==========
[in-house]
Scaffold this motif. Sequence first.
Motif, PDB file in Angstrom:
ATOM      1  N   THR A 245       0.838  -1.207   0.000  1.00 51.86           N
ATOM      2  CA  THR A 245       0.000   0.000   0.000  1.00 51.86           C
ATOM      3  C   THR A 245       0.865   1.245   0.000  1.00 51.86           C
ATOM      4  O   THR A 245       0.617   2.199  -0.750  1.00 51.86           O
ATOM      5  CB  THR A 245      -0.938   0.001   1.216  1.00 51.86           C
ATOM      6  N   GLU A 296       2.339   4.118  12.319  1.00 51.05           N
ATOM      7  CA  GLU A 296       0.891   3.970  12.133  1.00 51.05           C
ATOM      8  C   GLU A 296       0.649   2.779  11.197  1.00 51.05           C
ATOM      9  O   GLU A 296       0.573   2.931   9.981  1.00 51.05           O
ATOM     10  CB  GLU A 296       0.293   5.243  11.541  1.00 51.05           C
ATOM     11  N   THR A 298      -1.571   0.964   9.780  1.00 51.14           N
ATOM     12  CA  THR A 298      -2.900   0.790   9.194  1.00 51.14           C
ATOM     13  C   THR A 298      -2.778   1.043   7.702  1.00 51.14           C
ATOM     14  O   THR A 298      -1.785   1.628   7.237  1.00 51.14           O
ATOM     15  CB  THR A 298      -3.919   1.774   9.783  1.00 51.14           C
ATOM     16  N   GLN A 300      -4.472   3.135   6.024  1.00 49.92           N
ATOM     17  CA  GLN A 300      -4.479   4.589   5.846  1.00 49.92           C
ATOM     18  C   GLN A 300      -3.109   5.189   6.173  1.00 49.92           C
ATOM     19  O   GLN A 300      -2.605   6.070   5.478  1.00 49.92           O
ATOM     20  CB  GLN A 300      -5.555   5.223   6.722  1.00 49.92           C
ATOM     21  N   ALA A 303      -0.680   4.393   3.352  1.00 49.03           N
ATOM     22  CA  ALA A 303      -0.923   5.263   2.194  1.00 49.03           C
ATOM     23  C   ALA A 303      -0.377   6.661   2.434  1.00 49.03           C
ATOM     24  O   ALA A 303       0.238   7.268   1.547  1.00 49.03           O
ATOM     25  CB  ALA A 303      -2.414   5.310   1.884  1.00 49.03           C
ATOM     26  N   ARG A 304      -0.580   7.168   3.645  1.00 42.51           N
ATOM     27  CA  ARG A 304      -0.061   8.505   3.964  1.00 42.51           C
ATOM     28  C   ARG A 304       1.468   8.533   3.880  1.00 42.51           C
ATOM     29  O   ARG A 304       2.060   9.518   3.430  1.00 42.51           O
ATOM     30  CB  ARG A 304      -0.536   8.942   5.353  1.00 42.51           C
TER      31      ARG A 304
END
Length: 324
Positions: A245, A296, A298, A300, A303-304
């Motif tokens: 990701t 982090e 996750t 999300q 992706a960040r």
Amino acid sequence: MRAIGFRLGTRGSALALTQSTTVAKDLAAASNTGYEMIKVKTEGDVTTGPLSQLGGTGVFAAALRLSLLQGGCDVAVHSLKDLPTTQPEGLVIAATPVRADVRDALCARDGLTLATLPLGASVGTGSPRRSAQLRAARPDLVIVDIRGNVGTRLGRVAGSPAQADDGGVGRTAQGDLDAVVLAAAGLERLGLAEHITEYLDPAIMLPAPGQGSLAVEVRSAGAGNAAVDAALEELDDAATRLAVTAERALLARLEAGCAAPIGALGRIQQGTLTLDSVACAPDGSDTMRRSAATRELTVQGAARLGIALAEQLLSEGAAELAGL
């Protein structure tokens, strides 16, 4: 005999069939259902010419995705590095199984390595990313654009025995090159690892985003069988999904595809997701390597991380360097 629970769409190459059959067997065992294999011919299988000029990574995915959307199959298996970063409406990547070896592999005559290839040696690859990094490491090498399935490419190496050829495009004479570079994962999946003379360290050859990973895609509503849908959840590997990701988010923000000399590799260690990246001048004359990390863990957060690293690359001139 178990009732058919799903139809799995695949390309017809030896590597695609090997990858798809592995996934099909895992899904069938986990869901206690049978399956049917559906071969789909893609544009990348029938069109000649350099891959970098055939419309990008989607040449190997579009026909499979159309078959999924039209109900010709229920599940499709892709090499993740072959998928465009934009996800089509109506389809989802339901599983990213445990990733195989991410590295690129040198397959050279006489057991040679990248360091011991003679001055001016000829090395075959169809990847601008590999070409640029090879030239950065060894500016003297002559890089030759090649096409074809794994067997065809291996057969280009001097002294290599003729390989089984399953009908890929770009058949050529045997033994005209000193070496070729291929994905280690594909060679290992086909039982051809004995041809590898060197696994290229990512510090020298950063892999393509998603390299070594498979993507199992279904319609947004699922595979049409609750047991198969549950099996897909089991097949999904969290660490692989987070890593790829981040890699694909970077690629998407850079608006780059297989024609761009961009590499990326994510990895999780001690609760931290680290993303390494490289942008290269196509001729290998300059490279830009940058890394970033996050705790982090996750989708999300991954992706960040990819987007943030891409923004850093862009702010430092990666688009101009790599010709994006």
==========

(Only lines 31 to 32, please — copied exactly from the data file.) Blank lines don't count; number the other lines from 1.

ATOM     28  C   ARG A 304       1.468   8.533   3.880  1.00 42.51           C
ATOM     29  O   ARG A 304       2.060   9.518   3.430  1.00 42.51           O